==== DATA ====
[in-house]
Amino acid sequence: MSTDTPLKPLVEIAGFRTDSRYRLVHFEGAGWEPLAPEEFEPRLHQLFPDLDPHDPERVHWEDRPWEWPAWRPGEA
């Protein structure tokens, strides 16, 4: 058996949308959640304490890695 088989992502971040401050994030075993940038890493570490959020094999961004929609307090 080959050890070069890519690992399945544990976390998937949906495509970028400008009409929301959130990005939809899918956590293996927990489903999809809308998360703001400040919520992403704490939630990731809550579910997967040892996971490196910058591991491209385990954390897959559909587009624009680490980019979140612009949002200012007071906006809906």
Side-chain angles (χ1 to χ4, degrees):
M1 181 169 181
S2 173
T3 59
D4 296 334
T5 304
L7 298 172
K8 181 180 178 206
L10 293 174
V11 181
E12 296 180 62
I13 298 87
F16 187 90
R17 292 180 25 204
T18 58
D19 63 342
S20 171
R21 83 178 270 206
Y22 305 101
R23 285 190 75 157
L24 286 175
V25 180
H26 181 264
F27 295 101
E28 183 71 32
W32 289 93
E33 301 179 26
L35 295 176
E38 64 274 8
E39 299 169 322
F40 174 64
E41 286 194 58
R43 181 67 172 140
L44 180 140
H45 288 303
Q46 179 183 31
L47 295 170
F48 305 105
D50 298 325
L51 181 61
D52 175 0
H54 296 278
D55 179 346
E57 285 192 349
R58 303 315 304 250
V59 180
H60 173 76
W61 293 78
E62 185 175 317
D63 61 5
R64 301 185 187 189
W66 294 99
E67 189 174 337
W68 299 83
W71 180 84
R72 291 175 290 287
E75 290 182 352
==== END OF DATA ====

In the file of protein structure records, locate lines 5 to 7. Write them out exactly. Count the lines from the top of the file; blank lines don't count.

M1 181 169 181
S2 173
T3 59